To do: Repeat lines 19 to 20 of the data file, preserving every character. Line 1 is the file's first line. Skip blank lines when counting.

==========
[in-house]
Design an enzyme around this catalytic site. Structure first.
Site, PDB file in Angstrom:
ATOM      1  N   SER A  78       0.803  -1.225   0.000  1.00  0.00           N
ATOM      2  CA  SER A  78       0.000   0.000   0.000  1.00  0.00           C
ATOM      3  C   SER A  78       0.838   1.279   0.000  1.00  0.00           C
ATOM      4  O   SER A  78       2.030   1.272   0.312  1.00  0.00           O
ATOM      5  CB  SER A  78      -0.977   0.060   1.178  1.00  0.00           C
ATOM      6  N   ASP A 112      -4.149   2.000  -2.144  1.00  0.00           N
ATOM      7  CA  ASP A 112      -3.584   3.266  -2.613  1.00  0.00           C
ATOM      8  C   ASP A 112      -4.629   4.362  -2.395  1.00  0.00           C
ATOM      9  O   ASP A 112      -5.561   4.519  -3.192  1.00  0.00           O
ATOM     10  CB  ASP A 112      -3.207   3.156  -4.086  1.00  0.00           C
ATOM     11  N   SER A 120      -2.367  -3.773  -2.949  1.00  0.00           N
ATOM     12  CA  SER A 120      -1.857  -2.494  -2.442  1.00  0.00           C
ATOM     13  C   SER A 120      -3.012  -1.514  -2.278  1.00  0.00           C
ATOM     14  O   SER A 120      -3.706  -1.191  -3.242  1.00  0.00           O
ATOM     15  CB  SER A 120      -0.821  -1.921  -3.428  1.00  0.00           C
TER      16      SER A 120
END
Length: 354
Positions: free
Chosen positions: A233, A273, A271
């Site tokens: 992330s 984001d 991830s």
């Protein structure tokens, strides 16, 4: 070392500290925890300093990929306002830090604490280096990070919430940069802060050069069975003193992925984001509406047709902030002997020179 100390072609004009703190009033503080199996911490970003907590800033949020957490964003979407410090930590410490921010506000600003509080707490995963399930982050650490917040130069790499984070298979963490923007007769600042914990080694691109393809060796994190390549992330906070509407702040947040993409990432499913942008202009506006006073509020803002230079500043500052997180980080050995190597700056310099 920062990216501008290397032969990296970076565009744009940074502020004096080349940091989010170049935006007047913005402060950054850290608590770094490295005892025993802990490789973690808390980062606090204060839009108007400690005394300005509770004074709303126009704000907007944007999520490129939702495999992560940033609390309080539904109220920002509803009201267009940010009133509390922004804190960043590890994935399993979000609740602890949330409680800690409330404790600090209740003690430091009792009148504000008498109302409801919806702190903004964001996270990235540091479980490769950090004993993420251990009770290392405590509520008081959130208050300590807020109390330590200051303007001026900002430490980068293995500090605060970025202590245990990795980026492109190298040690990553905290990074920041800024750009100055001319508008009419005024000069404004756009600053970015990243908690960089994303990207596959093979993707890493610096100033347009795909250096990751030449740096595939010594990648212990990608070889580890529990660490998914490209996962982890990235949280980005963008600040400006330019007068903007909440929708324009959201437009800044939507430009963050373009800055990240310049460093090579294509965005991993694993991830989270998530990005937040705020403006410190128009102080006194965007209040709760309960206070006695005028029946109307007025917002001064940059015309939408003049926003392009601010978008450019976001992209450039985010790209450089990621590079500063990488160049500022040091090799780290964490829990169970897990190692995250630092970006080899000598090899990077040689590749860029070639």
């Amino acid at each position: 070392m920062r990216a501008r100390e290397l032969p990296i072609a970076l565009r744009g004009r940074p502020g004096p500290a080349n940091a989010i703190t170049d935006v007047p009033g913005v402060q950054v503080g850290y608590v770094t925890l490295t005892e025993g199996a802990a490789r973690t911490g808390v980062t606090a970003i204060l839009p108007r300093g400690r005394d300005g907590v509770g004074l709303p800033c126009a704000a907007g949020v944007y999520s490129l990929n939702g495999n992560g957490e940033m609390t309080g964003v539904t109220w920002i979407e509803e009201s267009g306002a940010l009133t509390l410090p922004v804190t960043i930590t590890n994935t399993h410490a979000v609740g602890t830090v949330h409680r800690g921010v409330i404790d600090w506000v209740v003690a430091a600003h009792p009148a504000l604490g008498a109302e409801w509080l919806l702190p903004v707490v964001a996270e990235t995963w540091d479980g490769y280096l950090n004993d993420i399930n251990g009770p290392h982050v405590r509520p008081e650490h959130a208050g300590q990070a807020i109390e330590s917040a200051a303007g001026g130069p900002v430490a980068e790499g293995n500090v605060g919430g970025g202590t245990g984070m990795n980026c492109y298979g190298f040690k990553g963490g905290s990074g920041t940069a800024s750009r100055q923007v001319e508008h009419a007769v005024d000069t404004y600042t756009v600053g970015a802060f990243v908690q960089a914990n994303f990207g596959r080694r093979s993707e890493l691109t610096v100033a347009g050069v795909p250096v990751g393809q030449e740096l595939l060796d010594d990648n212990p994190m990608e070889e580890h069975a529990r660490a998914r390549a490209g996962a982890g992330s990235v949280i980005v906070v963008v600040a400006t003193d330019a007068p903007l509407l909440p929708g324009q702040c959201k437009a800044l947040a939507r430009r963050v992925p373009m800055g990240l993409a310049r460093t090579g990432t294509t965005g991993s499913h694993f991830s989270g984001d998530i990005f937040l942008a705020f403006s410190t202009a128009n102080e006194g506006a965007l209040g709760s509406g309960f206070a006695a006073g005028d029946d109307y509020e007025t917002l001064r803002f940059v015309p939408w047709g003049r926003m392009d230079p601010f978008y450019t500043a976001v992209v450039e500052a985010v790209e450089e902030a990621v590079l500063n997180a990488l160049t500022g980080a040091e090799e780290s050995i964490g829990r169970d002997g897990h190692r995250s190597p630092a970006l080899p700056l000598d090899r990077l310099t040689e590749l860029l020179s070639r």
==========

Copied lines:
TER      16      SER A 120
END